Suppose Player one used the numbers 3, 3, 3, 4, 4, 4 on his die, and player 2 used the numbers 0, 2, 2, 4, 5, and 8 on his.  Below is a chart of the different outcomes.  Gray is a tie, blue is a win for player 1, and red is a win for player 2.  You can see out of 36 outcomes player 1 would win 18 times, player 2 would win 15 times, and they would tie 3 times.  The corresponding probabilities:  50%, 42%, and 8%.


At this point you could challenge the students to create a die that would always win.  I'm not sure that this is possible, but see where the students take you.  

Activity #2:  Create the Best Space Ship


You can find some information for this on Stone Librande's website.  Use this link, scroll down to 7) and click on Squoddron Odds Chart (Excel file).  This will lead you to all the possible outcomes but there are no directions.  That's where I will try to fill in.  

I decided to play against my son to make sure everything made sense.  So here goes nothing...

First you are going to need a 4-sided, 6-sided, 8-sided, and 10-sided die for each student.




Each student should draw a spaceship that has one engine, two weapons, and one shield.  Here is my spaceship:



And here is my son's spaceship:



Once you have your ships, place one die on the engine, one on the shield, and the other two on each weapon.  Which die on which part you ask.  That's the magic of this activity.  Each person gets to decide for themselves.  A person who thinks that the engine (or speed) is the most important will put the 10-sided die on that.  A player who things that offense is the most important will put the 10-sided die on a weapon.  You get the idea. 




Now you are ready to play.  You start this by decided who is going to attack first (you will take turns attacking each other).  Then both players roll their engine die at the same time.


We started with my son attacking me.  He used his 10-sided die for his engine and I used my 4-sided die for my engine.  He rolled a 7 and I rolled a 2.  Since he rolled a higher number than I did, his engine is faster than mine and he was able to attack me.  
Next he rolled both of his weapon dice (6-sides and 8-sided) while I rolled my shield die (10-sided).  He rolled a 4 and a 3; I rolled a 6.   Since my shield was a greater number than both of weapon numbers, I deflected both of his shots and he did not win the battle.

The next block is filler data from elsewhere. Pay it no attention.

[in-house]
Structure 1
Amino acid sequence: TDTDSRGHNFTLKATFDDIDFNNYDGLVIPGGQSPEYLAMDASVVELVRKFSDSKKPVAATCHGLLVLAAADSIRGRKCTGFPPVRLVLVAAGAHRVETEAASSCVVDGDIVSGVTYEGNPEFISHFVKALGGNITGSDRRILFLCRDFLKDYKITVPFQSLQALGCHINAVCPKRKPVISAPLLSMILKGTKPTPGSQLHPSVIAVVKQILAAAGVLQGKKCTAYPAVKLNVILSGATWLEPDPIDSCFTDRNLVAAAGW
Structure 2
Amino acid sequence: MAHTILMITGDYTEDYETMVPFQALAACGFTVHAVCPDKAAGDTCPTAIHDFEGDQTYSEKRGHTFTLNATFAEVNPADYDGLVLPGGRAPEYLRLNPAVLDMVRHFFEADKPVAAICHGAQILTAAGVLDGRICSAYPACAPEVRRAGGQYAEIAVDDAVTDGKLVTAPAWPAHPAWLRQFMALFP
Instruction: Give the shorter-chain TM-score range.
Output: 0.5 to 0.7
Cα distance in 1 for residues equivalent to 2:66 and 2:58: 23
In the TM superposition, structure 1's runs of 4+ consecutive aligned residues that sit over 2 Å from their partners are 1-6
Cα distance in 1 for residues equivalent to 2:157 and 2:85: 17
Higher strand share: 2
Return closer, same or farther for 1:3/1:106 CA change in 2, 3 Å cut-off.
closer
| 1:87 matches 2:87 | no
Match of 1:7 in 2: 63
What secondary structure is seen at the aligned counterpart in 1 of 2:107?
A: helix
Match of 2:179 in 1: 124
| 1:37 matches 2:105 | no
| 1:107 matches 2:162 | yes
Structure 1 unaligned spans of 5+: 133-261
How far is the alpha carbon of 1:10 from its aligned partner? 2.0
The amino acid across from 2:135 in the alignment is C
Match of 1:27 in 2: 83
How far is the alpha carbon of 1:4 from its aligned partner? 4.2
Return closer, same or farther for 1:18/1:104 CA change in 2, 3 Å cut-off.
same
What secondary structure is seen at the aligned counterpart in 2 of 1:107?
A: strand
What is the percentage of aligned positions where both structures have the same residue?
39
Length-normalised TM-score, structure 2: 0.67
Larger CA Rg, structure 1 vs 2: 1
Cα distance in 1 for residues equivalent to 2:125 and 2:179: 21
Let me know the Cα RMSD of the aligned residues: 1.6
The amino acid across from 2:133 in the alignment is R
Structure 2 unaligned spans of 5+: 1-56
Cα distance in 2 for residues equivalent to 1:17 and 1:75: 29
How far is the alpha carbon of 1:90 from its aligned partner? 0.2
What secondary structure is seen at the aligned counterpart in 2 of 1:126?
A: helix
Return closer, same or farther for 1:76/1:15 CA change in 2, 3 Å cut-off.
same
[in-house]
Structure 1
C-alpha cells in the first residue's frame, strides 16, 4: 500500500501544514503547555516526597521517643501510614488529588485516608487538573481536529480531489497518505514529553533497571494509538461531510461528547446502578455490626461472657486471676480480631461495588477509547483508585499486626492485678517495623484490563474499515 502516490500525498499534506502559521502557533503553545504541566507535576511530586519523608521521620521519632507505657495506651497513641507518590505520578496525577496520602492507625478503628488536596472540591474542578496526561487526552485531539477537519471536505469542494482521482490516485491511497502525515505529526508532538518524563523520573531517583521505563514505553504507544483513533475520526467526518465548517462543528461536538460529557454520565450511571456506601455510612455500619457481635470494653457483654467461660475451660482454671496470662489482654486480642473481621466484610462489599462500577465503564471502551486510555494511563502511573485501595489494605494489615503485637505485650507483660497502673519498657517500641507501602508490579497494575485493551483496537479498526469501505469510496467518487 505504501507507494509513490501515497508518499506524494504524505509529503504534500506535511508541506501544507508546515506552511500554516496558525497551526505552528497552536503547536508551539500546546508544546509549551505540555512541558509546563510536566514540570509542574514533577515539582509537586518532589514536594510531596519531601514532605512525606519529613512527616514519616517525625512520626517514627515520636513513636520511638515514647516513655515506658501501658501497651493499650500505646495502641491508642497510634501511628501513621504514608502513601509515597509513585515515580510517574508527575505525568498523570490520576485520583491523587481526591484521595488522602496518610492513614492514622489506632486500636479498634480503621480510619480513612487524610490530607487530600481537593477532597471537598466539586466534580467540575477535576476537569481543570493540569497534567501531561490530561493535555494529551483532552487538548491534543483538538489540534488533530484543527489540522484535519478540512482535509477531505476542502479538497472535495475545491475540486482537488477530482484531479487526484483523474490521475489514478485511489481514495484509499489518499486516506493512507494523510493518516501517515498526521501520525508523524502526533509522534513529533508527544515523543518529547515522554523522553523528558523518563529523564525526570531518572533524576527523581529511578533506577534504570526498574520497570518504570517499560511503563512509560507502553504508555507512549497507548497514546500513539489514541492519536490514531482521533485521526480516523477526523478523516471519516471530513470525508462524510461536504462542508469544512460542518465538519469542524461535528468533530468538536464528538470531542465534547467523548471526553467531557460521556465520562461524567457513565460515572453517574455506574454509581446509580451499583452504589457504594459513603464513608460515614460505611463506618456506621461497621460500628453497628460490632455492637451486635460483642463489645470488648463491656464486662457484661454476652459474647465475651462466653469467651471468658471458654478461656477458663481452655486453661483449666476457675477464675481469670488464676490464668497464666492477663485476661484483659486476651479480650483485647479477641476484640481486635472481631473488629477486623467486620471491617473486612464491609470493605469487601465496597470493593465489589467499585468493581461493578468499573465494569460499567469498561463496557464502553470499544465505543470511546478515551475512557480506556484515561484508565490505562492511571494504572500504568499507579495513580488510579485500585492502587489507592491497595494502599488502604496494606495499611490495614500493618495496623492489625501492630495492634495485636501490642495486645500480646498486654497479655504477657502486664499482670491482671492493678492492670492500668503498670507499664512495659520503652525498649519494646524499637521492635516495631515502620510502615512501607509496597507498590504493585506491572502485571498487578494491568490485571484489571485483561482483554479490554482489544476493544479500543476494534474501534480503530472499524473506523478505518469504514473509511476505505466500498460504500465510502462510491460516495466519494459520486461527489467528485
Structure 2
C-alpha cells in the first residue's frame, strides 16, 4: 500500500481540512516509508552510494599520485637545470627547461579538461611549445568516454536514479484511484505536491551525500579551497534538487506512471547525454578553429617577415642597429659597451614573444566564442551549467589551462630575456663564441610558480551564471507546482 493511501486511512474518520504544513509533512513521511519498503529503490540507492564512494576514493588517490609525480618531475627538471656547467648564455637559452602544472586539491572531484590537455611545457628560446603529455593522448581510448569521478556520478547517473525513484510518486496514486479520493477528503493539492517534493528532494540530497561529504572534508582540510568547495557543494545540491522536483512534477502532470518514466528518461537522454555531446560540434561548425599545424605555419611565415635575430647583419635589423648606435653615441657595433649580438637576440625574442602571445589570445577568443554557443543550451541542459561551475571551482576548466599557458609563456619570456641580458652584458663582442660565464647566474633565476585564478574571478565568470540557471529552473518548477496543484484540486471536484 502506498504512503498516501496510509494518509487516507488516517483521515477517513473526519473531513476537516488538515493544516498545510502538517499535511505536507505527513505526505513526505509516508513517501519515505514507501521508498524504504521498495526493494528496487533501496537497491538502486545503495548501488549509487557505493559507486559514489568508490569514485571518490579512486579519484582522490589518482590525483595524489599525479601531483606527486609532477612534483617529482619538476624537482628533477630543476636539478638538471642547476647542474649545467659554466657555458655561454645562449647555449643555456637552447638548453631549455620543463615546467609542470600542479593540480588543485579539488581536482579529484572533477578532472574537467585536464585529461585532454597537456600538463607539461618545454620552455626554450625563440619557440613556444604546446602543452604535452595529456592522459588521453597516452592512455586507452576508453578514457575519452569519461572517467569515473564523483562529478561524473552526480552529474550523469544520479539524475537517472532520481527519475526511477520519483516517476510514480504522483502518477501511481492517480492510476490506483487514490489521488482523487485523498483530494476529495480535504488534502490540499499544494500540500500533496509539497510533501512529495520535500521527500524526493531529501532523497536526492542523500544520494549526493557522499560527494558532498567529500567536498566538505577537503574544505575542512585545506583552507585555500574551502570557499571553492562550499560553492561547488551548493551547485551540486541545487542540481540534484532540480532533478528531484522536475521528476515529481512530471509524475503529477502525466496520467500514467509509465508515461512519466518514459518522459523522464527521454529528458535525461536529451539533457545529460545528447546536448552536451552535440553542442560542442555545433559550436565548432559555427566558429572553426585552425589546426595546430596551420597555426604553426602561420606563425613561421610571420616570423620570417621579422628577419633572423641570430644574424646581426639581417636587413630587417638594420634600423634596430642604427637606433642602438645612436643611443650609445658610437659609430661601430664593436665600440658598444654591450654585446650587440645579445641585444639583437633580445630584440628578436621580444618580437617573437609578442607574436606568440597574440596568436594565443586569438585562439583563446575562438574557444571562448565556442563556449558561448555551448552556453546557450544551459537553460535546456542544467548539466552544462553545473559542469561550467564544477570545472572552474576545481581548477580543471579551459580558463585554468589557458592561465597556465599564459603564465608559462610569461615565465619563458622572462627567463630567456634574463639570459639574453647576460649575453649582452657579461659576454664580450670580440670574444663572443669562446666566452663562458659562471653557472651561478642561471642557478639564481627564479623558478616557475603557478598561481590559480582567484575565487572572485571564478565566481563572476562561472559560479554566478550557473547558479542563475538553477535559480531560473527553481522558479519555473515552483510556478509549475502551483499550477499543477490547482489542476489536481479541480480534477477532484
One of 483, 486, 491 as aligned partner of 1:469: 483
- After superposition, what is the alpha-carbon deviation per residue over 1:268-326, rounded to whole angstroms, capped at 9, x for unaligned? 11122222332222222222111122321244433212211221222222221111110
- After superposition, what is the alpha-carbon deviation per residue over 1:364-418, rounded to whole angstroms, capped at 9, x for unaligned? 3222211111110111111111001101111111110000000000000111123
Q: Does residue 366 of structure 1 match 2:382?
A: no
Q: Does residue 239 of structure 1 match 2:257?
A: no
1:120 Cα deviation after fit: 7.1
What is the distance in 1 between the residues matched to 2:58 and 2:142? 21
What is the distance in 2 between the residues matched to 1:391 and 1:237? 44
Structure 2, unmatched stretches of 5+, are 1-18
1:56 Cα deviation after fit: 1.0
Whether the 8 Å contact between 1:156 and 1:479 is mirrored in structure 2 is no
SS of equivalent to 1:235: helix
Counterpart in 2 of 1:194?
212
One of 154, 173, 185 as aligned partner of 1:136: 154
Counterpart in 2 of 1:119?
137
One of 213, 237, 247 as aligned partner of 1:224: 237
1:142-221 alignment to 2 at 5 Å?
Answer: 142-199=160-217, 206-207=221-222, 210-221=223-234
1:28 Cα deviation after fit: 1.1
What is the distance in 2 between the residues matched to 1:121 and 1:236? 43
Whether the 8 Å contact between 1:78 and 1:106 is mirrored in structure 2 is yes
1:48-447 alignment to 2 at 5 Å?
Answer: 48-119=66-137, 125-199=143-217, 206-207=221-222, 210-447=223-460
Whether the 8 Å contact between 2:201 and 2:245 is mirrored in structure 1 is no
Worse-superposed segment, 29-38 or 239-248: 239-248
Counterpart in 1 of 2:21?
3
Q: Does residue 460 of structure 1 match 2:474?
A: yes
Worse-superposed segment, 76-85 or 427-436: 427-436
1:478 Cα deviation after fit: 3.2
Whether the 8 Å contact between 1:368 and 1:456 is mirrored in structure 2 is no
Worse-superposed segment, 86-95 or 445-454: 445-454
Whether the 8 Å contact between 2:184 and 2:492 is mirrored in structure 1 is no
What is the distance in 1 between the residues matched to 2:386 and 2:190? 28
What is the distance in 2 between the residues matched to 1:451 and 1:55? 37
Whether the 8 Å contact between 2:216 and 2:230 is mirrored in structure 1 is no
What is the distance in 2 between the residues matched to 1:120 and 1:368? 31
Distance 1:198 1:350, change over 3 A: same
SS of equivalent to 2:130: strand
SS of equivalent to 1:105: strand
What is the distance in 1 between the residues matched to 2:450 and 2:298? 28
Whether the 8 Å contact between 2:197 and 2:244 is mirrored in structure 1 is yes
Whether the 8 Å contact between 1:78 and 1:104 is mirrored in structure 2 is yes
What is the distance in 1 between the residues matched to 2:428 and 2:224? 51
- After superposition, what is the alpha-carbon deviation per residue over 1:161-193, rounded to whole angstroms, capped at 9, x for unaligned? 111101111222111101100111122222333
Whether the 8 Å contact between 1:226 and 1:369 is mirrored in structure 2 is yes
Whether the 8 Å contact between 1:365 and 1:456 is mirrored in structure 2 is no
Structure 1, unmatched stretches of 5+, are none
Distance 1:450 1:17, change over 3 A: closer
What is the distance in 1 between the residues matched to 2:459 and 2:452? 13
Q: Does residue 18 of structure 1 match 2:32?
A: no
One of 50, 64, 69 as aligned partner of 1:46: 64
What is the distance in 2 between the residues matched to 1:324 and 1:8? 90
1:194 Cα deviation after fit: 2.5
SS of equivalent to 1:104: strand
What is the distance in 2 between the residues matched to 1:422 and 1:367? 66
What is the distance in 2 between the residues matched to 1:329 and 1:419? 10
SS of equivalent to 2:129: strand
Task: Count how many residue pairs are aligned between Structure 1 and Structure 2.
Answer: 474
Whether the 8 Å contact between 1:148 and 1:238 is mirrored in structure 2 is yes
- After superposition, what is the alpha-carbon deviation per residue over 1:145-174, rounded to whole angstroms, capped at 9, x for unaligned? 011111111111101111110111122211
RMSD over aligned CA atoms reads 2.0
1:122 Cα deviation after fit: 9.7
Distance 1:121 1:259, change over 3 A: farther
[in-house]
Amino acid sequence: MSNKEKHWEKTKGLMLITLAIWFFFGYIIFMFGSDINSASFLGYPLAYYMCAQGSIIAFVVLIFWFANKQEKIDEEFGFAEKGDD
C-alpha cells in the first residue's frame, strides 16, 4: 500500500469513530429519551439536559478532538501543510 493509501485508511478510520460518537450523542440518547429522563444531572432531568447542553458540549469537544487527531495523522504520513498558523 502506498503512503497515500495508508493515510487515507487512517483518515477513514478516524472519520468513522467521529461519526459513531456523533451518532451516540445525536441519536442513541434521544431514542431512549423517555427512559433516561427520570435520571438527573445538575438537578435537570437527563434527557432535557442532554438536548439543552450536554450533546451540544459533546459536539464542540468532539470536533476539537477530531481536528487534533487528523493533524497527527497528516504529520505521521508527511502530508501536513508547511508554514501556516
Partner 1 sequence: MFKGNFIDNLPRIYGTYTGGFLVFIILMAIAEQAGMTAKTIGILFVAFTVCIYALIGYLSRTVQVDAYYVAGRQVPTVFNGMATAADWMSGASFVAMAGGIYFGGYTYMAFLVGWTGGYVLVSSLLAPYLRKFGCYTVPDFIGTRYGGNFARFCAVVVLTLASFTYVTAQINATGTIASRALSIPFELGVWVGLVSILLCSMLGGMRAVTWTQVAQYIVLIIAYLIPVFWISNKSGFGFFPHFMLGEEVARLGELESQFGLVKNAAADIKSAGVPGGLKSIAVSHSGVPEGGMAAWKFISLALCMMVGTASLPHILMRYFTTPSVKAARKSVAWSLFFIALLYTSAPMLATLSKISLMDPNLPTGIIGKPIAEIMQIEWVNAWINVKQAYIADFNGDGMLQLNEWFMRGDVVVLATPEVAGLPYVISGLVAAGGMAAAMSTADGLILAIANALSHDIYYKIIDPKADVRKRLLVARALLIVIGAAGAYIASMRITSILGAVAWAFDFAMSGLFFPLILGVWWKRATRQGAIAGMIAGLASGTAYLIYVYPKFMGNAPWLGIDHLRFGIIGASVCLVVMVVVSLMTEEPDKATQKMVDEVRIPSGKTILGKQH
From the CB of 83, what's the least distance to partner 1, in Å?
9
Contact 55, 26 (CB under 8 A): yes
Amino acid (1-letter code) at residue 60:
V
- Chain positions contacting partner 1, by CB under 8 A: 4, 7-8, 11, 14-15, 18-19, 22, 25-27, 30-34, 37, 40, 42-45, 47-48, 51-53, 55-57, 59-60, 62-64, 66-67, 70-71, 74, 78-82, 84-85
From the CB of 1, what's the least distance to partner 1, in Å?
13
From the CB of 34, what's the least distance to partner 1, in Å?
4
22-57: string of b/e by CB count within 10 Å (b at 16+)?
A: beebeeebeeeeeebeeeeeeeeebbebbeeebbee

Next we switched rolls.  We continued this back and forth until one of us won 5 battles.  At this point, the students would find another person to battle with, preferably winners vs. winners to have a class winner.  


Notes:

If the person attacking rolls a number lower than the defender, there is no battle because the attacker wasn't able to go fast enough to get to the other spaceship.    

If the engines roll the same number an attack will take place.

If a weapon and a shield roll the same number, the shot is deflected.

After playing a few rounds, I wanted to switch the position of my dice as I imagine my students might want to do.  This would be a good time to have discussions with them as to why they would want to change things around.  

BTW my son won.  












Saturday, August 2, 2014

Edugaming Workshop 2014 - A Reflection

Every summer two professors at the local community college hold an Edugaming workshop.  Mary Rasley and Steven Weitz received a grant from NSF to do this.  You can tell they are both very passionate about what they do and you can't help but be swept away with their enthusiasm.  They have it set up so that you work hands-on and listen to presentations for four days during the summer as you begin to create a game that you could use in your classroom.  A few months later we all come together again to present the games we created and used with our students.  But wait...there's more!!  Just this past year, the grant was extended (is that the right word?) so that their computer programming students would take our physical games and make them digital.  If you've been following my blog you are aware that I took advantage of this opportunity to have Bounty Hunter: Rise Up and Run become a digital game.

Monday, July 28, 2014


Today we had an excellent speaker, Stone Librande.  You can visit his website here, but I have to warn you, once you go there, you may never want to leave.  Stone seems to believe in doing to learn, and of course he was right.  We started the Workshop by playing games with people we barely knew.  However, after playing some games with them we formed a bond.  We knew each other's names, we were cheering each other on, and we were learning about game design.  If you are interested in the game Stone took us through, you can learn more about it here on his website.

He spoke to us more about game design and shared a few examples.  I left the workshop feeling inspired and motivated.